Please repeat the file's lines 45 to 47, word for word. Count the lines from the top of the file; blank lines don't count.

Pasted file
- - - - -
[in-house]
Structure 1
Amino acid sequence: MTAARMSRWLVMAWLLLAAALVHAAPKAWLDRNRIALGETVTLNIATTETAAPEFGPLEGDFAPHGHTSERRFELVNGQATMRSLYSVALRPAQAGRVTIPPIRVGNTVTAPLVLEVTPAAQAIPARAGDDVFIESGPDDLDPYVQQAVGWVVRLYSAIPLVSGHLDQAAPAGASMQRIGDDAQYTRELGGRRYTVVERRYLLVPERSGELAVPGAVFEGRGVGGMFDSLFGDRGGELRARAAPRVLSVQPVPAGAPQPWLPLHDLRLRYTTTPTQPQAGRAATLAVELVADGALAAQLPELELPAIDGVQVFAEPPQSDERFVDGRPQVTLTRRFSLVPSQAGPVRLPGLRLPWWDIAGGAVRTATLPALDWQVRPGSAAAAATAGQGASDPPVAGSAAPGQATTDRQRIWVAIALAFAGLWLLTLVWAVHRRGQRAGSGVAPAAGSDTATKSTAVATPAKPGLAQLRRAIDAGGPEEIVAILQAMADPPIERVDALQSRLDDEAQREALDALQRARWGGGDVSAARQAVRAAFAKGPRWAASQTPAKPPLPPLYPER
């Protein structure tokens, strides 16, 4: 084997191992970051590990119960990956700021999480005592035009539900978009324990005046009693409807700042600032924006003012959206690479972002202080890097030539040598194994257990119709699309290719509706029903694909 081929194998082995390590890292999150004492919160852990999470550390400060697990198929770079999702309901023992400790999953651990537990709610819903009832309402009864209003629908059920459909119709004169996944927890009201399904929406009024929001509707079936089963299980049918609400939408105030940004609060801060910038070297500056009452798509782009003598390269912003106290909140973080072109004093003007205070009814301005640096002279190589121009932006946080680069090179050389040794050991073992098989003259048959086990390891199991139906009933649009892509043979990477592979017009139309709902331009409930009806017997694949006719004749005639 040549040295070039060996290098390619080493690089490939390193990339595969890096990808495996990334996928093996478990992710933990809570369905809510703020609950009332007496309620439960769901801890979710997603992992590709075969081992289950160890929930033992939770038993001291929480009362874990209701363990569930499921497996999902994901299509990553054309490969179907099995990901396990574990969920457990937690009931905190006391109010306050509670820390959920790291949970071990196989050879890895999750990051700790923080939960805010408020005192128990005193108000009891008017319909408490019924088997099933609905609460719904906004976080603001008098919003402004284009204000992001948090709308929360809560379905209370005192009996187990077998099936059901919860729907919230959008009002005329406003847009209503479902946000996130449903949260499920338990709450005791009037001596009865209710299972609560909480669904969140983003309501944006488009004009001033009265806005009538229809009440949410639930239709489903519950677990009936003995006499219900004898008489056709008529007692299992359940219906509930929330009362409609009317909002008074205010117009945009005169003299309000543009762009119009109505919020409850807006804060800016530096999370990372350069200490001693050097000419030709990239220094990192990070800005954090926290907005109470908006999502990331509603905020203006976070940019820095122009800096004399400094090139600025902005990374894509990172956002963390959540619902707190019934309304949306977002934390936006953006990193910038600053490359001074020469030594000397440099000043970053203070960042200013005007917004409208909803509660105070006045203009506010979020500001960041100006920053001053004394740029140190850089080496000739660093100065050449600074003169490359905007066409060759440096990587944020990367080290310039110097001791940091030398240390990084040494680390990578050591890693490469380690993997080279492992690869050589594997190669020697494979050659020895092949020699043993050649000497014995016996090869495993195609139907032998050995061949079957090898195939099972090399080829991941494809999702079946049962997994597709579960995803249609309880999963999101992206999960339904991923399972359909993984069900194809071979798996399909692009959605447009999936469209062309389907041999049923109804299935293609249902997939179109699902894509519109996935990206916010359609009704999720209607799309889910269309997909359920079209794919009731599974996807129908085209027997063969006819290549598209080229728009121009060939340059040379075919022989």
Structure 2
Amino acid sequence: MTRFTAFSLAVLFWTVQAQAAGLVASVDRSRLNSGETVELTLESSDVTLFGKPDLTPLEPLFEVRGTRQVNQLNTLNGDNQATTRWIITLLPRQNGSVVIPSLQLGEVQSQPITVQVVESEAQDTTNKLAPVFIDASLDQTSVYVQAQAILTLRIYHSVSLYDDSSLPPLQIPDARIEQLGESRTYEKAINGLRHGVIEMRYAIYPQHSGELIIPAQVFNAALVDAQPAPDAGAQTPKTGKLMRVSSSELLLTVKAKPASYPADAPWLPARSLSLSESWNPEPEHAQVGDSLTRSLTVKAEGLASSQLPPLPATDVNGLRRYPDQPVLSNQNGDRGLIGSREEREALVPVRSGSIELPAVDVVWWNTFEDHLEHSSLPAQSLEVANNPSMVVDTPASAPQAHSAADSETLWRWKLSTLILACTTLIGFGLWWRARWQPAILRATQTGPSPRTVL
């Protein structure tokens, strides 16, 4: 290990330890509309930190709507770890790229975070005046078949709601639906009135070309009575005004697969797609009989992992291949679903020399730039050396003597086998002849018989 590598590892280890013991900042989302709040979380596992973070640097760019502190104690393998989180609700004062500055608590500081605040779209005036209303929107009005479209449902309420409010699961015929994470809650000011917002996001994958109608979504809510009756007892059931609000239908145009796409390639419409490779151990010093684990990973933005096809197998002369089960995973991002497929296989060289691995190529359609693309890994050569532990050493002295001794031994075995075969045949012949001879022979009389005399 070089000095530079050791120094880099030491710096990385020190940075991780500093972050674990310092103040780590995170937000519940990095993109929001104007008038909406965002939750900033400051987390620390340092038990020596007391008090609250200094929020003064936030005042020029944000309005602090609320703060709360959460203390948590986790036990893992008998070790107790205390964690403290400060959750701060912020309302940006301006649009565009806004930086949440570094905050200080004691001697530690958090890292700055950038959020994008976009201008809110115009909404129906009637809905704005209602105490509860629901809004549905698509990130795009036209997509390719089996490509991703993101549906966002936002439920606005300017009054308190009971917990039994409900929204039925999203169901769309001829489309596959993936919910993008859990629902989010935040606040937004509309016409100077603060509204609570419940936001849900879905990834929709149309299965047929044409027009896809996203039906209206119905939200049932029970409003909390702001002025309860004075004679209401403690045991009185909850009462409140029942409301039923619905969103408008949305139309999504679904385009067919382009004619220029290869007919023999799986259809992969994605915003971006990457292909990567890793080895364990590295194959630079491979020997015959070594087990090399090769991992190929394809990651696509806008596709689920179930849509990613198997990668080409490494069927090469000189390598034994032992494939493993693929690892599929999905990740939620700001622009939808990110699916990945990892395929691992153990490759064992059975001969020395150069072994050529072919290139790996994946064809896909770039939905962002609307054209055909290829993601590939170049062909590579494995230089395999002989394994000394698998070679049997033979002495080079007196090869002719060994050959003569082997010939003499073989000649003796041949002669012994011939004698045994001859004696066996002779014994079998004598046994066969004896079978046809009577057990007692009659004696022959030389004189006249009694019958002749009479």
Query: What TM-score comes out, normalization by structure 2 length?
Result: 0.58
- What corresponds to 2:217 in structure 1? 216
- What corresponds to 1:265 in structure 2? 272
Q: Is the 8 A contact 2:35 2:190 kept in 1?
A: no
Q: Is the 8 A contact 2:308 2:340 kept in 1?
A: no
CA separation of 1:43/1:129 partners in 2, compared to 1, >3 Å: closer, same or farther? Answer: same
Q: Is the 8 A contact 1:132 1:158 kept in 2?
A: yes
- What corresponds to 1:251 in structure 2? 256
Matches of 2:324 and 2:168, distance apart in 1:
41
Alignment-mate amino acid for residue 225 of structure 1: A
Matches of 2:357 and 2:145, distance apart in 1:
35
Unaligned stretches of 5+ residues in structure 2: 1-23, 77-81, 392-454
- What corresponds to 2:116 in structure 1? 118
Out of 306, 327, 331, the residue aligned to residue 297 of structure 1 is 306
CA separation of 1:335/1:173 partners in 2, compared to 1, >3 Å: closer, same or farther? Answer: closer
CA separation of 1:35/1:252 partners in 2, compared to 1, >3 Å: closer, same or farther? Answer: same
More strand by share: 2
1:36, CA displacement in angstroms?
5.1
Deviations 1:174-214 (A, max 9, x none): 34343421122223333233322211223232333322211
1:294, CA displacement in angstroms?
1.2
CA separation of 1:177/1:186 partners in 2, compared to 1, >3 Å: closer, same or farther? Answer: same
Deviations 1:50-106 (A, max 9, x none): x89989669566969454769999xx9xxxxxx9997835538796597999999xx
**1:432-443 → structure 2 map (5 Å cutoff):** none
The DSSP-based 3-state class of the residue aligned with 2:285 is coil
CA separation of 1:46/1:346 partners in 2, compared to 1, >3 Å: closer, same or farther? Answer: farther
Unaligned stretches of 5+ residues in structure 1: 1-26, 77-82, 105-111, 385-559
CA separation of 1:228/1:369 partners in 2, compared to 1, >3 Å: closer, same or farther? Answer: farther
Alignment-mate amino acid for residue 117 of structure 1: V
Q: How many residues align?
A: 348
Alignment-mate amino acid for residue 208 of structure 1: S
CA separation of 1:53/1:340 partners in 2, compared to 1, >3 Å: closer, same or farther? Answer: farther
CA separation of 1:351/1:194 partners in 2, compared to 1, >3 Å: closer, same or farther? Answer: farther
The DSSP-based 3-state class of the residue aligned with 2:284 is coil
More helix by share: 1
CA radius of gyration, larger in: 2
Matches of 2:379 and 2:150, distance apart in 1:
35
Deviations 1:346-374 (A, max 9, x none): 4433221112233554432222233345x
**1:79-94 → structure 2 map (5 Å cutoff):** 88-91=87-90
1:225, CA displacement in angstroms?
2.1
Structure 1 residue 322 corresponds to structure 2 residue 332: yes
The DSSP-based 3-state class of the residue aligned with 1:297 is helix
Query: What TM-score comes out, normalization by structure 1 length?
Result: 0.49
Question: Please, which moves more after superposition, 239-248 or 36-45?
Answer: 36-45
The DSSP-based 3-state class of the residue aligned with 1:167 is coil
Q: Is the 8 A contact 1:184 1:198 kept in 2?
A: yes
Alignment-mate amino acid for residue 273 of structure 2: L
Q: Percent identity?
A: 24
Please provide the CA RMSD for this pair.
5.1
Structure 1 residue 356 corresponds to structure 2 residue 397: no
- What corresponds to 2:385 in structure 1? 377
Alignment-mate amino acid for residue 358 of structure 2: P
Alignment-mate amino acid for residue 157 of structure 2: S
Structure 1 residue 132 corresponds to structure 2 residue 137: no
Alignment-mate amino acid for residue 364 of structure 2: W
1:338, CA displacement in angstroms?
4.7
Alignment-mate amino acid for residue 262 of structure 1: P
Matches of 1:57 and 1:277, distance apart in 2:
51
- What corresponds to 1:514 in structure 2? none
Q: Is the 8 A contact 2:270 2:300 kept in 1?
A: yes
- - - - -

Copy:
A: 348
Alignment-mate amino acid for residue 208 of structure 1: S
CA separation of 1:53/1:340 partners in 2, compared to 1, >3 Å: closer, same or farther? Answer: farther